Some brook trout fishermen showed up at the parking lot and we got to talking about our endless hike to nowhere. They explained that, inexplicably, the posted map at the trailhead shows an area starting about four miles up the fire road we hiked. This explains our confusion, the wrong turn, the endless walking and still not reaching our destination. It seems another mile (two miles round trip) would have brought us to the Falls, but ten miles was more than enough for me. Next time we’ll take a different route. The anglers snapped a photo of our weary crew. I had picked up some subs on the way, planning on a late picnic lunch. But we were much later than I planned, so we decided to call it a day and head home. I took Monica’s sub out of the cooler and brought it to her car, then walked back to my car and got in. Finn had moved from the back compartment up to the back seat, which was unusual but Winnie rode in the back seat on the way down so I gathered they had discussed the matter and decided it would be Finn’s turn on the way home. Fine.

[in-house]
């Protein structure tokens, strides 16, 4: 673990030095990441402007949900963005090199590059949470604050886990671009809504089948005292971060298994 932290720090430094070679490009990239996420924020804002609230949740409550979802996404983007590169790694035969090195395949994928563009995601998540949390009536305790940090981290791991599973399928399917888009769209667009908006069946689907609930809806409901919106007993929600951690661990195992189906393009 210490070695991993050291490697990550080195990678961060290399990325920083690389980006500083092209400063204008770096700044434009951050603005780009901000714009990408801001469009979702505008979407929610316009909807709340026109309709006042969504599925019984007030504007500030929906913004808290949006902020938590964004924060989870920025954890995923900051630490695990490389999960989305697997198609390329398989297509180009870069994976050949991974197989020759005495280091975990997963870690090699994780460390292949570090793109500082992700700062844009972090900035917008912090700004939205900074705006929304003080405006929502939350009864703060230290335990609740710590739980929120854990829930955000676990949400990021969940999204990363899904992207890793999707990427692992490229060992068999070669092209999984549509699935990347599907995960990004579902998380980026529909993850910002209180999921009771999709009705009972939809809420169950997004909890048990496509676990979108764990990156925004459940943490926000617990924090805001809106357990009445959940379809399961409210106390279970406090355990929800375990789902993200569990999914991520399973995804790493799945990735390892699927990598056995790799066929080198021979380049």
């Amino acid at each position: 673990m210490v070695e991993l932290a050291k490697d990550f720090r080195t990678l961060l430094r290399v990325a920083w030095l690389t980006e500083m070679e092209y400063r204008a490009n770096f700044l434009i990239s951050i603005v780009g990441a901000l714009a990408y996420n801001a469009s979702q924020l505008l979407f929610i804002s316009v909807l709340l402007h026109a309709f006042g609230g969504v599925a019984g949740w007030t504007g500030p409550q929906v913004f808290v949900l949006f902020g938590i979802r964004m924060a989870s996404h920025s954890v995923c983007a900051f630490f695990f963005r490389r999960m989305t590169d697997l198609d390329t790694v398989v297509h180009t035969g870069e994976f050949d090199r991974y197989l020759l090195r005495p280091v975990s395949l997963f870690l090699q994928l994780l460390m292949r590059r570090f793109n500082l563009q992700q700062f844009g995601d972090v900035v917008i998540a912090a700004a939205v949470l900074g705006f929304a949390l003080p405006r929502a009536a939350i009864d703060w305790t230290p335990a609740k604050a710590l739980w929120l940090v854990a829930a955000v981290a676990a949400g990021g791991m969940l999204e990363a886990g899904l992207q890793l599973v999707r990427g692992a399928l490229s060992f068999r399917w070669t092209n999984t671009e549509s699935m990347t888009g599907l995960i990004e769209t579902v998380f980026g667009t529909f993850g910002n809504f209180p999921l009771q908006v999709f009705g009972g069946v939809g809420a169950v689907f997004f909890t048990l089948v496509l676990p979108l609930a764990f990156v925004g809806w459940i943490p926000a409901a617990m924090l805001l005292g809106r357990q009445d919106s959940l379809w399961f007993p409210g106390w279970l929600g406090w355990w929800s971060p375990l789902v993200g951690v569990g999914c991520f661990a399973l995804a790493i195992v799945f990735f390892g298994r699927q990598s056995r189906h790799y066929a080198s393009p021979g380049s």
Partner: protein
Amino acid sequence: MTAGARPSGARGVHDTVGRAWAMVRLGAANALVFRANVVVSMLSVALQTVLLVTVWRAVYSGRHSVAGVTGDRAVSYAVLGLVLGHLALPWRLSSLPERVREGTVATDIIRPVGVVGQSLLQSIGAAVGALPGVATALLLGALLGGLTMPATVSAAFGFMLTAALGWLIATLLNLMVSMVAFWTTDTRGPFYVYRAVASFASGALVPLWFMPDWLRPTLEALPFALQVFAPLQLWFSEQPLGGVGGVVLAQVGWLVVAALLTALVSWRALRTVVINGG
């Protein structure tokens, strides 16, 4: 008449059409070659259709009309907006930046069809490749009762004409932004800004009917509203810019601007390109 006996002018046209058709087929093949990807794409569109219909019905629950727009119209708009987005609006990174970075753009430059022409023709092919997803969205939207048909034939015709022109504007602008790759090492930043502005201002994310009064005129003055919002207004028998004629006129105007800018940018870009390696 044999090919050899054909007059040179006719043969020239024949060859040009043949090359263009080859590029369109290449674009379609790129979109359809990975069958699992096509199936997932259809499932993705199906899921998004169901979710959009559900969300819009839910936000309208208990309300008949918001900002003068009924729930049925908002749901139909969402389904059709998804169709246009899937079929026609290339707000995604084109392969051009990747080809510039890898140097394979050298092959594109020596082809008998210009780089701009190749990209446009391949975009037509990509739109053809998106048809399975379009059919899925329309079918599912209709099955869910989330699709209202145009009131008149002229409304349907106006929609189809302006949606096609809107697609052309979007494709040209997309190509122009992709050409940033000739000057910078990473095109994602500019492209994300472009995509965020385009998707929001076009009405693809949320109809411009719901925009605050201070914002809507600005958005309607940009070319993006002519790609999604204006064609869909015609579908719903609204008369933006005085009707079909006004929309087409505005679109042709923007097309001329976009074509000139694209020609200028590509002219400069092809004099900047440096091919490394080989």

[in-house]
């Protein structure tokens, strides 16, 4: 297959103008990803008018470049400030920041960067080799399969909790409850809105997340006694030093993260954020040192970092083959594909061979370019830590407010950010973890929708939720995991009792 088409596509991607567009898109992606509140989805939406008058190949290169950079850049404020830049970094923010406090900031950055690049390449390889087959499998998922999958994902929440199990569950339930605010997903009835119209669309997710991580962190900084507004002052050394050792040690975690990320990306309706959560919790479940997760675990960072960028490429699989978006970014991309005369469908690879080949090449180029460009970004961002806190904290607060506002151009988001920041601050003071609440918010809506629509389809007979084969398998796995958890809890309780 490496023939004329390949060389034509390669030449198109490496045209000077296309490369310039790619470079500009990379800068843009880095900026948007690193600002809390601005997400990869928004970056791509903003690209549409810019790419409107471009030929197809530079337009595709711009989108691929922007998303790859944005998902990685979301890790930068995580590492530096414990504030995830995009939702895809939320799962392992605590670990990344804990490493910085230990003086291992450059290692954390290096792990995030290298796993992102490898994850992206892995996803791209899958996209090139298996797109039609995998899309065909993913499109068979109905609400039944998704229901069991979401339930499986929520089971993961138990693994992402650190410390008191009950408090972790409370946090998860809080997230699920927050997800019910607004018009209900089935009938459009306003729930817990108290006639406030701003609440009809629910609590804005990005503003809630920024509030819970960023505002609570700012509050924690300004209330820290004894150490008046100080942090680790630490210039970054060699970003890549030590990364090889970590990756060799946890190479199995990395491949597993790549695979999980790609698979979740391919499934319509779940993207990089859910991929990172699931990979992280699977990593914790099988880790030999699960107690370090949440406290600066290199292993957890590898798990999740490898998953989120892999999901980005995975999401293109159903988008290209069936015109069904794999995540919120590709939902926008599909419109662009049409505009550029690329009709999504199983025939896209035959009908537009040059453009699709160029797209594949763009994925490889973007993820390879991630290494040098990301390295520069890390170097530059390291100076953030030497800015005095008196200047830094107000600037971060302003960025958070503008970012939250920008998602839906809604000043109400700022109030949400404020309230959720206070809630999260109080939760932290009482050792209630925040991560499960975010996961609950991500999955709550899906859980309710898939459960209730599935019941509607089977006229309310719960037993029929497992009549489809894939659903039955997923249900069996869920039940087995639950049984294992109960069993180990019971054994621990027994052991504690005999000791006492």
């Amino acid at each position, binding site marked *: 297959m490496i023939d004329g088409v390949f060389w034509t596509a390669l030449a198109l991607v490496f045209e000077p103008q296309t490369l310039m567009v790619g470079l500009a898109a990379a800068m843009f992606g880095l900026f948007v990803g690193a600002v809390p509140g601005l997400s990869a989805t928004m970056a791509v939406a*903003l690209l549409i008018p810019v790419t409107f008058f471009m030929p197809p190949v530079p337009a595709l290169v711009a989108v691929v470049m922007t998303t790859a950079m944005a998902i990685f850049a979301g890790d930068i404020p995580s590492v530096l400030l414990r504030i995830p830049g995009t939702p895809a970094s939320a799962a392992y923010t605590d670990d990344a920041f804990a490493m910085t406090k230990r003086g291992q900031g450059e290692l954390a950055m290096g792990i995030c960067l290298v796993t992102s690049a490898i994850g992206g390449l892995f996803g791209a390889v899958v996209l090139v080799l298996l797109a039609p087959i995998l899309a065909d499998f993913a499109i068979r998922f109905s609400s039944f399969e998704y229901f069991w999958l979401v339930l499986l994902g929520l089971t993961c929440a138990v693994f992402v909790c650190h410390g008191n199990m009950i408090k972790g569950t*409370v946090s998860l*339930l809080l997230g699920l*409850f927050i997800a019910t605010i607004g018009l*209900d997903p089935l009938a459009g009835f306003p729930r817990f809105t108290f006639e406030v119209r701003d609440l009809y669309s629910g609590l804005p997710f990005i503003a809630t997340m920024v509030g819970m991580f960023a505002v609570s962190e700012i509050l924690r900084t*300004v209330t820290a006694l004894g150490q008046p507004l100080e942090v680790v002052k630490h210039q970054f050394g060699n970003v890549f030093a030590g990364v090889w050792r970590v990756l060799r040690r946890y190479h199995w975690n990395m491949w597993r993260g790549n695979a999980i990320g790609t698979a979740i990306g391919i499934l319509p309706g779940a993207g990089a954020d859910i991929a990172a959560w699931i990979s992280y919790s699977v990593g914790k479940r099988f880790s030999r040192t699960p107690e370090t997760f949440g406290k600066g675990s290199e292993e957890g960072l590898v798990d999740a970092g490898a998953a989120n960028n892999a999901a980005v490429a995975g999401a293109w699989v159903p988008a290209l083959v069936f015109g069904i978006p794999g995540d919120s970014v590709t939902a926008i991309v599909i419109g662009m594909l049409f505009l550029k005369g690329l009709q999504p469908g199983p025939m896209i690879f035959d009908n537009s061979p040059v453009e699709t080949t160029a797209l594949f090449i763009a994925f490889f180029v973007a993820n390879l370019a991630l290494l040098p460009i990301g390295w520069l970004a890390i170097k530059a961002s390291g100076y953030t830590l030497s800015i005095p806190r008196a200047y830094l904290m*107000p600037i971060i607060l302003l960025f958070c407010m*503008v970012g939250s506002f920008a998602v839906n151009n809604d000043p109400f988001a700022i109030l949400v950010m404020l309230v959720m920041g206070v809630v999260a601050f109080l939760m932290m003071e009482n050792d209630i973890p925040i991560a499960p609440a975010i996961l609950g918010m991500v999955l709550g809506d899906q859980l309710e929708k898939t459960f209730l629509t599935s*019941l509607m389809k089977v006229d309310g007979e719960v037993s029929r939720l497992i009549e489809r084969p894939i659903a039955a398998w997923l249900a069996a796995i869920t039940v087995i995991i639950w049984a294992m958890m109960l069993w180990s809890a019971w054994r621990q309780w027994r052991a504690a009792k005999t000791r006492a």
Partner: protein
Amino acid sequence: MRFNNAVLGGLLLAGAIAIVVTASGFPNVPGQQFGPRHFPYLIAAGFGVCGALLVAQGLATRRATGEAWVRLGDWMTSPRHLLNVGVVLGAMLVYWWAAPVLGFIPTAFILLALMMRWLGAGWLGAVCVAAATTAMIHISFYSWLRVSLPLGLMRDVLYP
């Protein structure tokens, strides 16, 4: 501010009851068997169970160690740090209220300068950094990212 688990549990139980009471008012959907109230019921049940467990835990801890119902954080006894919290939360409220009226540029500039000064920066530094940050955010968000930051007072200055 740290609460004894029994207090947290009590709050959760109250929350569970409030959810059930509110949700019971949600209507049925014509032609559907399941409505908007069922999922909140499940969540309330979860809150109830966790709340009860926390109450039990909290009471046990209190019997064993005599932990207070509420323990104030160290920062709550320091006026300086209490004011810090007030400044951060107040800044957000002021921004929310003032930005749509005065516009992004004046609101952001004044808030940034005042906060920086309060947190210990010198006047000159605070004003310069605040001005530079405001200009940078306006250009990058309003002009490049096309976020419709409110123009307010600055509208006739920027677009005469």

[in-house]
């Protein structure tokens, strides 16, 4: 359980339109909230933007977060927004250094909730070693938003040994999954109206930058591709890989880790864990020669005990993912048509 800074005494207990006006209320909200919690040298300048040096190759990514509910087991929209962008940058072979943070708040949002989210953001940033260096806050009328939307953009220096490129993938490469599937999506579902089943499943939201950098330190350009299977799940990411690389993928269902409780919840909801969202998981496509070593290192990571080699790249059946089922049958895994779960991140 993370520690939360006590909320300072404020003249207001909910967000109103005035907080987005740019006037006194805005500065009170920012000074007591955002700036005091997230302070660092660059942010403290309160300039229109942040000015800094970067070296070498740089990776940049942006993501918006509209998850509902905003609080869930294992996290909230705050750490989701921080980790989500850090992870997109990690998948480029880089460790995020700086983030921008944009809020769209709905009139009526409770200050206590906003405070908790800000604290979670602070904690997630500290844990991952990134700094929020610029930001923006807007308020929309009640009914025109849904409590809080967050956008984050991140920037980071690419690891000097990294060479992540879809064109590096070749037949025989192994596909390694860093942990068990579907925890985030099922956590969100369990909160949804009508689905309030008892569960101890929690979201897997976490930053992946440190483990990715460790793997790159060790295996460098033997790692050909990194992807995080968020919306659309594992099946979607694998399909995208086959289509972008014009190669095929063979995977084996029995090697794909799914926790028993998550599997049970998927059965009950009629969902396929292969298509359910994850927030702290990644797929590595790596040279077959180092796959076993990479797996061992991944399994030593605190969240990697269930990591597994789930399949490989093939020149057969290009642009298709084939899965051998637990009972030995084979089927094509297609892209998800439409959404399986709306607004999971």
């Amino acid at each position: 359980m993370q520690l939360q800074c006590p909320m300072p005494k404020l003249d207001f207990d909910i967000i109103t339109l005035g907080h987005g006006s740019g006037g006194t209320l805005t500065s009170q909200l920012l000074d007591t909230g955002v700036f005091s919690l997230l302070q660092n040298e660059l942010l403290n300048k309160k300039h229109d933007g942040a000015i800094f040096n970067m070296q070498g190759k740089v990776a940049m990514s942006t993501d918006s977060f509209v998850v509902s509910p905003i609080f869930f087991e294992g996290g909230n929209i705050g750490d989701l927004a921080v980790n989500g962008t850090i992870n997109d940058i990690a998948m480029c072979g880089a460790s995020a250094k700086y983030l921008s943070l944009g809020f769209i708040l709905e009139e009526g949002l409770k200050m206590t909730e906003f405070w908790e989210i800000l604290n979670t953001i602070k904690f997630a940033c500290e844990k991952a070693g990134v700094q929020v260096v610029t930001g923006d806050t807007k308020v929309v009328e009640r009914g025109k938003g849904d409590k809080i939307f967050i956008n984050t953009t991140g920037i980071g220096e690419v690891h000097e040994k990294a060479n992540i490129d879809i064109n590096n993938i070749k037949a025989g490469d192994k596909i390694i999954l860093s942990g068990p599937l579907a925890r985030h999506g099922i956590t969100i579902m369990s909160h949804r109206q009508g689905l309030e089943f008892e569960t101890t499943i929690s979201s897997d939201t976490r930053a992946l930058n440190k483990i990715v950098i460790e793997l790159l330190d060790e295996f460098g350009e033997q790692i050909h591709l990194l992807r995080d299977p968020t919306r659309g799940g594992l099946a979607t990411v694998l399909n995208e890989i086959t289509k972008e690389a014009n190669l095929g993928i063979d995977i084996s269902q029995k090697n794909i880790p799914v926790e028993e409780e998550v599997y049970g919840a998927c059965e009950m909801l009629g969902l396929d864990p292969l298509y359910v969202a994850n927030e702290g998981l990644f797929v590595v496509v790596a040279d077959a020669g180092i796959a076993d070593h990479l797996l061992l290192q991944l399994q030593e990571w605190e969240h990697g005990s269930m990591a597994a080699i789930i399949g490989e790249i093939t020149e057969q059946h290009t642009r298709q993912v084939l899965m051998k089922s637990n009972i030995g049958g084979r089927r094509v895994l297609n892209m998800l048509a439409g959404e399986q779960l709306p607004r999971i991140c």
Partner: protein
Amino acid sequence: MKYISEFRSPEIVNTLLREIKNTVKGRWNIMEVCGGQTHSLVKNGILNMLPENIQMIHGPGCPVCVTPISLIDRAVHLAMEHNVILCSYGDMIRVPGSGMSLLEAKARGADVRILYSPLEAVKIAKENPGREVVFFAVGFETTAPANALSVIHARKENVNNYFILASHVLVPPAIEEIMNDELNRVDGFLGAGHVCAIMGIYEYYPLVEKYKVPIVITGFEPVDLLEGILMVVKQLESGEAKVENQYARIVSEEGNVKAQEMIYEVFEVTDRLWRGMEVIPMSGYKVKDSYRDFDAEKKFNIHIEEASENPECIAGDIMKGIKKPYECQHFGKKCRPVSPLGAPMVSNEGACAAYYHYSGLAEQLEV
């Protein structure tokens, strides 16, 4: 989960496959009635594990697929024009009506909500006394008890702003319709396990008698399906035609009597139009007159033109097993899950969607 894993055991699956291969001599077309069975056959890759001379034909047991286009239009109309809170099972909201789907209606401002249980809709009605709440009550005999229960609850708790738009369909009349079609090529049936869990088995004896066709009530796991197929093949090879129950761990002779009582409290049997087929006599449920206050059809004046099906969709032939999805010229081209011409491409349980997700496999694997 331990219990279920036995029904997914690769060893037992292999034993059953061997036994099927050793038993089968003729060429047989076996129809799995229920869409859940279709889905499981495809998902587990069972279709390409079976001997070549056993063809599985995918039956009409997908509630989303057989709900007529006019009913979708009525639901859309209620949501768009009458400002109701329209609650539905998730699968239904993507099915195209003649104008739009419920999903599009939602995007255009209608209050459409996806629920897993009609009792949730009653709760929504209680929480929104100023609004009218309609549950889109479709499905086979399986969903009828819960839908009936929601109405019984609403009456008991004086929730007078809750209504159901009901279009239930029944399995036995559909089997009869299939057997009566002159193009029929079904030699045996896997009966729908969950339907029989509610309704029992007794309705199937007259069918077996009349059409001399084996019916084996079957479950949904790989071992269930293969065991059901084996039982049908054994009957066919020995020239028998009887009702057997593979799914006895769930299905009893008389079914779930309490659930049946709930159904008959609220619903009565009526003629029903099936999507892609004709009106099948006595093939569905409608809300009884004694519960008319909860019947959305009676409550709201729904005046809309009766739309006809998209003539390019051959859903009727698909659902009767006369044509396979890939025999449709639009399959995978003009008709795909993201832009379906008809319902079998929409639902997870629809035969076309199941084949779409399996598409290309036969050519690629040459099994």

I put all the windows down and was enjoying the refreshing breeze. As I accelerated, I noticed some bright green paper blowing around the interior. I turned and looked at the back seat. Finn was standing on the seat, head out the window, happy as a clam, and standing on torn bits of weird green paper and…what is that? Oh. It’s a mayonnaise packet. Well the mayo packet put the green paper into context. It’s the paper wrapping that used to contain my delicious and hard earned Sheetz club sub on pretzel bread. Bastard. I replayed the last few minutes and figured he had about a minute to jump into the back seat, grab the sub and snarf it before I returned to the car. At one point Monica and I both heard Winnie bark once from the back, which is odd. Now I think she was probably reacting to Finn’s decision to help himself to lunch. Nobody likes a narc, Winnie.